17 March 2022

Research project about deterrence is rewarded an ERC Grant


What influence does deterrence have on international politics? The topic is highly relevant at the moment and is now being supported by the European Research Council. The author behind the project is Senior Researcher Maria Mälksoo from the Department of Political Science and the Centre for Military Studies.

The red button. Photo: Max Pixel
A new research project examines conventional, nuclear, cyber and hybrid deterrence in contemporary political tensions.

As the ongoing war in Ukraine highlights, deterrence as a political tool is not a relic of the Cold War. But how can deterrence actually shape international politics, and what does deterrence mean politically for the communities that practice it? These are key questions in Maria Mälksoo’s research.

The project is the first to examine deterrence as a ritualized practice. Maria Mälksoo's goal is to promote an understanding of the political and psychological effects of deterrence in international security policy.

“For instance, how do we know whether our attempted dissuasion of an opponent has actually worked, if the proof of deterrence’s success is ‘nothing much happening’ – for the would-be challenger is refraining from the feared action,” Maria Mälksoo says and elaborates:

“And what explains the persisting political appeal of deterrence as an international conflict management strategy despite its indeterminate success rate and exorbitant material and political costs – particularly in case of nuclear deterrence?”

Looking at new and old conflicts

Empirically, the project offers systematic, sociological and comparative research in deterrence as a social practice across different dimensions, including military, political-diplomatic and legislative.

Maria Mälksoo examines conventional, nuclear, cyber and hybrid deterrence in contemporary political tensions between e.g. NATO and Russia as well as the United States and China. The project also dives into historical conflicts, not least between NATO and the Warsaw Pact.

The deterrence project has impressed the European Research Council, which has just awarded Maria Mälksoo an ERC Consolidator Grant. It is a scholarship awarded to support talented researchers while building or consolidating their own research team.

Terribly relevant research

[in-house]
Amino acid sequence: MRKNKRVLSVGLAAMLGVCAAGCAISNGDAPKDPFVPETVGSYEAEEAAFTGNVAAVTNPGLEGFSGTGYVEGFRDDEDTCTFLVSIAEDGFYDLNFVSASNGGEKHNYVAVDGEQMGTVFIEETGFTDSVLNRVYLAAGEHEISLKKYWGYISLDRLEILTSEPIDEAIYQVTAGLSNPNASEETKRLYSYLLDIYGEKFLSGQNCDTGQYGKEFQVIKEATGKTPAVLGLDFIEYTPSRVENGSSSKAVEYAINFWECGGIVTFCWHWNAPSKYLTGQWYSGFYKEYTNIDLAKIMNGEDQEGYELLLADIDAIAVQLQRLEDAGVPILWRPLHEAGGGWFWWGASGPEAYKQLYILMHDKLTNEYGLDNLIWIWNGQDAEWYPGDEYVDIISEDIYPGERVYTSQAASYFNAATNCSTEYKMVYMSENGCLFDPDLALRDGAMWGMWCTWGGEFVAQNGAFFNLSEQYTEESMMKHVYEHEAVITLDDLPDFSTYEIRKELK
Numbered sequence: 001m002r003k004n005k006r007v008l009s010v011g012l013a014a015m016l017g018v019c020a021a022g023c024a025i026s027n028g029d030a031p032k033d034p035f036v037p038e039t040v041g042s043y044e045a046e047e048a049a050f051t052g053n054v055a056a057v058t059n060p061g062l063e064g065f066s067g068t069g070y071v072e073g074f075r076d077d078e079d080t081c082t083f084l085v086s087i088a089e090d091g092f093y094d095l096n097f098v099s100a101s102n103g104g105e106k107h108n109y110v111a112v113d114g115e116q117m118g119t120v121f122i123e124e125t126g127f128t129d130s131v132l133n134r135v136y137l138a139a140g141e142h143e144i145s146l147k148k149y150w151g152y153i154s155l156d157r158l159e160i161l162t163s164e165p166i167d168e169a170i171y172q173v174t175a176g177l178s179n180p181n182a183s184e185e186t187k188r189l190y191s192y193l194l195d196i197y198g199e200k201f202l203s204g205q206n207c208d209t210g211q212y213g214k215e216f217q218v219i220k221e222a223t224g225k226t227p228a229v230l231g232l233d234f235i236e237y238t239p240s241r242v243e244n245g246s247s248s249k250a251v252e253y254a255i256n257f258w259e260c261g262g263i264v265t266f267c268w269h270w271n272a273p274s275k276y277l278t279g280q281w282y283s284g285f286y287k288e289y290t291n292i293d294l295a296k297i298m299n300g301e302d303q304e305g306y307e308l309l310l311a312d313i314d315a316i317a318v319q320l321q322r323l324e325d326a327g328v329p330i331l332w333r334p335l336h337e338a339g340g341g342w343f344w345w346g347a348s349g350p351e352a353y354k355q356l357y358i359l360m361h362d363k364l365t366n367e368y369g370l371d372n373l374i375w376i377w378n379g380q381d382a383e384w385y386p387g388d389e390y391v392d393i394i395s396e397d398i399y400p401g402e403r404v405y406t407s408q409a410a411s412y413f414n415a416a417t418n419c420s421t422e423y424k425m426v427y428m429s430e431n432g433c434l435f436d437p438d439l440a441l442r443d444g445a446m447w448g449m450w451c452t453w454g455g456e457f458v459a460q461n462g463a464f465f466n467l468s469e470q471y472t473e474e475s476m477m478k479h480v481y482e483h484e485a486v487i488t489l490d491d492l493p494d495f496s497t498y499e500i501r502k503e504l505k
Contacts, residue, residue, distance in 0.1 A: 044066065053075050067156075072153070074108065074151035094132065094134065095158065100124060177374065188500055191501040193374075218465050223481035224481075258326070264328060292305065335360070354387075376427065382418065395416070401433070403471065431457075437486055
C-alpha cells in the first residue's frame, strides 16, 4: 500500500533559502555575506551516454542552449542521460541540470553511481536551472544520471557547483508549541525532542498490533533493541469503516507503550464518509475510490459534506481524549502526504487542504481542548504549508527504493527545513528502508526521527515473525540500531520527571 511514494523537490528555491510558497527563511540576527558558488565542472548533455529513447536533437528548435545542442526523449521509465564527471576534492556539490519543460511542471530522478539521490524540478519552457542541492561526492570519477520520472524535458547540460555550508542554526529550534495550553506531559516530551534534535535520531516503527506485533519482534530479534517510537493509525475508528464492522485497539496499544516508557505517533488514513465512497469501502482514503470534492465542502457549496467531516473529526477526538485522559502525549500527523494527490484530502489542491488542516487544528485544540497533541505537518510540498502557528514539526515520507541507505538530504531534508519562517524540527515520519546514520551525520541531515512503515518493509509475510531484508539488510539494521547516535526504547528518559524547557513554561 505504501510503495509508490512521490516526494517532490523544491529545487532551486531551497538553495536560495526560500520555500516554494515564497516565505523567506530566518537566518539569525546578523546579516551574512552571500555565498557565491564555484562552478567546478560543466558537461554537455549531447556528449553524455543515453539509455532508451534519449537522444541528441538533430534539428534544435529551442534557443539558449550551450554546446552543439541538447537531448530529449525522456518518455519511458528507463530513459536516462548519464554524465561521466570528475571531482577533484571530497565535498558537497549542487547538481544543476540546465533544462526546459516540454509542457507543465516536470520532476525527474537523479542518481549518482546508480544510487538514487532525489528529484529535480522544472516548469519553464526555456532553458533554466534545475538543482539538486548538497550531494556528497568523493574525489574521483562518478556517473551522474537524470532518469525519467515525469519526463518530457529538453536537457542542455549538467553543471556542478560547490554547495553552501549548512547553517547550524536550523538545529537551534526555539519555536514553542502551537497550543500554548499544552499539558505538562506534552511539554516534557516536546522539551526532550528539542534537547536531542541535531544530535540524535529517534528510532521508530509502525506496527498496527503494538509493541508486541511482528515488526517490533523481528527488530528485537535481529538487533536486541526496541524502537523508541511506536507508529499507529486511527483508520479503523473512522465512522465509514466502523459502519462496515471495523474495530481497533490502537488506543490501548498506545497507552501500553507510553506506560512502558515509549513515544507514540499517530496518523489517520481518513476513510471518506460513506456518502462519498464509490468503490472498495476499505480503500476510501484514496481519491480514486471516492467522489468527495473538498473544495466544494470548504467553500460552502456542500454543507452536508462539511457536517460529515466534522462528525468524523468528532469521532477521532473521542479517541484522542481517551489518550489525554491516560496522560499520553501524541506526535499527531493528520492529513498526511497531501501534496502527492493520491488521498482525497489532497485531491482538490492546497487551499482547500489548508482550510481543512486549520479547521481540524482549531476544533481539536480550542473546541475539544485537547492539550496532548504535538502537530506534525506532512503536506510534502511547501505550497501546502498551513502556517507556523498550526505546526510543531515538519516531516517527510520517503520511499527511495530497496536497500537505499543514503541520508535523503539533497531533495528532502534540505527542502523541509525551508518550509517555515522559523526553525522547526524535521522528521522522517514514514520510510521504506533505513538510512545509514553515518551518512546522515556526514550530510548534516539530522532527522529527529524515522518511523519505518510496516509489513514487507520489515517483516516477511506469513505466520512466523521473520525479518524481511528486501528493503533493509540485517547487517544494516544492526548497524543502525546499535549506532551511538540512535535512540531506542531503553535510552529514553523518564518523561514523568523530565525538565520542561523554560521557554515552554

For Maria Mälksoo, the grant could not have come at a better time.

“I have long wanted to focus on an all-consuming, longer project. I am deeply grateful for the opportunity given by the European Research Council to do just that for the next five years,” she says.

With Russia's invasion of Ukraine – and the consequent dangerous conflict between Russia and NATO – research into deterrence has also become extremely relevant.

"From all sides of the conflict, deterrence has enormous political significance. For me personally, the research will provide much-needed, intellectual comfort from the horrors of war,” says Maria Mälksoo.

Head of Department Nina Græger congratulates Maria Mälksoo with her grant and agrees that today’s situation makes her project even more important:

“The violent attack on Ukraine and its people has not only shocked a whole world. It also shows the need to rethink deterrence as part of our defence strategy as well as the European security architecture as such. I will follow this project with excitement and great interest in the years to come,” she says.

In September 2021, Maria Mälksoo joined the Centre for Military Studies at the Department of Political Science, which will be the base for the future research team she will now put together.

Facts about ERC Consolidator Grants

  • The European Research Council's Consolidator Grant supports talented researchers in consolidating their own research team.
  • You must have a PhD degree that is between 7-12 years old to apply for this scholarship.
  • To be suitable, you must have several important publications as either the main author or without a PhD supervisor.
  • You must also demonstrate in other ways that you have contributed to your field of research, e.g. by having been invited as a speaker at conferences, having received awards, etc.
  • You must be able to dedicate a minimum of 40 percent of your working time to an ERC project, and at least 50 percent of your working time must take place in an EU country or a country associated with Horizon Europe.
  • You can apply for up to 2 million euros for up to five years.

Read more on ERC's web page.


Maria Mälksoo
Senior researcher
Department of Political Science
Mail: maria.malksoo@ifs.ku.dk
Phone: +45 35 33 11 57

Simon Knokgaard Halskov
Communication consultant
Mail: sih@samf.ku.dk
Phone: +45 93 56 53 29


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